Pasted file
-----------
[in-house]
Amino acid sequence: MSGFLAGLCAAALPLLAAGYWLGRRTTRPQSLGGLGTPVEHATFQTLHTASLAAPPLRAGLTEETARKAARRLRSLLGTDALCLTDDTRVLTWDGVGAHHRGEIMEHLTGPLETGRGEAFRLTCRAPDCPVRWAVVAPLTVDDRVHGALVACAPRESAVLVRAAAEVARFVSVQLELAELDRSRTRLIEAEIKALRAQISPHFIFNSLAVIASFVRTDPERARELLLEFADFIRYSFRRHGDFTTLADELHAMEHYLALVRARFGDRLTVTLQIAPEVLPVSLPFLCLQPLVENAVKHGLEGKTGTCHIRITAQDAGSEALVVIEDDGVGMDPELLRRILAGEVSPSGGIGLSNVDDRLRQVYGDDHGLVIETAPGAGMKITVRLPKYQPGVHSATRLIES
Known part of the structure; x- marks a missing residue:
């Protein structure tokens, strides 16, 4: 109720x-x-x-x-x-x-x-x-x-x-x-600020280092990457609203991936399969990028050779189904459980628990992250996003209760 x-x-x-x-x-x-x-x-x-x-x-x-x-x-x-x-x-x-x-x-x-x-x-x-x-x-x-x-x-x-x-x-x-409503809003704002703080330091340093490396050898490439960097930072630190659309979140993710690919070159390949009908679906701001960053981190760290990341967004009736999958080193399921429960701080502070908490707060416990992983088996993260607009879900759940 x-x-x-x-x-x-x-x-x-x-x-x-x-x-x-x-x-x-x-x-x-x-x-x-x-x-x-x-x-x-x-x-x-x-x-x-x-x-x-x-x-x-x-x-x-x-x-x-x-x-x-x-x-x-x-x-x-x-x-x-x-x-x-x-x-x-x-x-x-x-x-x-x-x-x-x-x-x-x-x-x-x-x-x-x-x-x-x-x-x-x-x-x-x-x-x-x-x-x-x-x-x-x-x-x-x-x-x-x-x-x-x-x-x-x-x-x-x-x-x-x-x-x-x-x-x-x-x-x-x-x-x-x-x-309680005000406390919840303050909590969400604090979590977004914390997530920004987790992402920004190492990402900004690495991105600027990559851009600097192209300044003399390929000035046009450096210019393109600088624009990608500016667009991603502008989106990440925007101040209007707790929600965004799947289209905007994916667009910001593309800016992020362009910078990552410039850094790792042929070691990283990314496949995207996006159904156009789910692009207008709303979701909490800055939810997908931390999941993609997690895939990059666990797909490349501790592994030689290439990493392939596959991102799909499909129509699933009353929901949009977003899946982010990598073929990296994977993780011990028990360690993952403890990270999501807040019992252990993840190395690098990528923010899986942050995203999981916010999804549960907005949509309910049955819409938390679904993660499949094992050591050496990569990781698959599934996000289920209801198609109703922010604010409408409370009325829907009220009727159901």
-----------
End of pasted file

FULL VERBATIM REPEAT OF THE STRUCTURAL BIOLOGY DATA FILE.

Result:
[in-house]
Amino acid sequence: MSGFLAGLCAAALPLLAAGYWLGRRTTRPQSLGGLGTPVEHATFQTLHTASLAAPPLRAGLTEETARKAARRLRSLLGTDALCLTDDTRVLTWDGVGAHHRGEIMEHLTGPLETGRGEAFRLTCRAPDCPVRWAVVAPLTVDDRVHGALVACAPRESAVLVRAAAEVARFVSVQLELAELDRSRTRLIEAEIKALRAQISPHFIFNSLAVIASFVRTDPERARELLLEFADFIRYSFRRHGDFTTLADELHAMEHYLALVRARFGDRLTVTLQIAPEVLPVSLPFLCLQPLVENAVKHGLEGKTGTCHIRITAQDAGSEALVVIEDDGVGMDPELLRRILAGEVSPSGGIGLSNVDDRLRQVYGDDHGLVIETAPGAGMKITVRLPKYQPGVHSATRLIES
Known part of the structure; x- marks a missing residue:
């Protein structure tokens, strides 16, 4: 109720x-x-x-x-x-x-x-x-x-x-x-600020280092990457609203991936399969990028050779189904459980628990992250996003209760 x-x-x-x-x-x-x-x-x-x-x-x-x-x-x-x-x-x-x-x-x-x-x-x-x-x-x-x-x-x-x-x-x-409503809003704002703080330091340093490396050898490439960097930072630190659309979140993710690919070159390949009908679906701001960053981190760290990341967004009736999958080193399921429960701080502070908490707060416990992983088996993260607009879900759940 x-x-x-x-x-x-x-x-x-x-x-x-x-x-x-x-x-x-x-x-x-x-x-x-x-x-x-x-x-x-x-x-x-x-x-x-x-x-x-x-x-x-x-x-x-x-x-x-x-x-x-x-x-x-x-x-x-x-x-x-x-x-x-x-x-x-x-x-x-x-x-x-x-x-x-x-x-x-x-x-x-x-x-x-x-x-x-x-x-x-x-x-x-x-x-x-x-x-x-x-x-x-x-x-x-x-x-x-x-x-x-x-x-x-x-x-x-x-x-x-x-x-x-x-x-x-x-x-x-x-x-x-x-x-309680005000406390919840303050909590969400604090979590977004914390997530920004987790992402920004190492990402900004690495991105600027990559851009600097192209300044003399390929000035046009450096210019393109600088624009990608500016667009991603502008989106990440925007101040209007707790929600965004799947289209905007994916667009910001593309800016992020362009910078990552410039850094790792042929070691990283990314496949995207996006159904156009789910692009207008709303979701909490800055939810997908931390999941993609997690895939990059666990797909490349501790592994030689290439990493392939596959991102799909499909129509699933009353929901949009977003899946982010990598073929990296994977993780011990028990360690993952403890990270999501807040019992252990993840190395690098990528923010899986942050995203999981916010999804549960907005949509309910049955819409938390679904993660499949094992050591050496990569990781698959599934996000289920209801198609109703922010604010409408409370009325829907009220009727159901």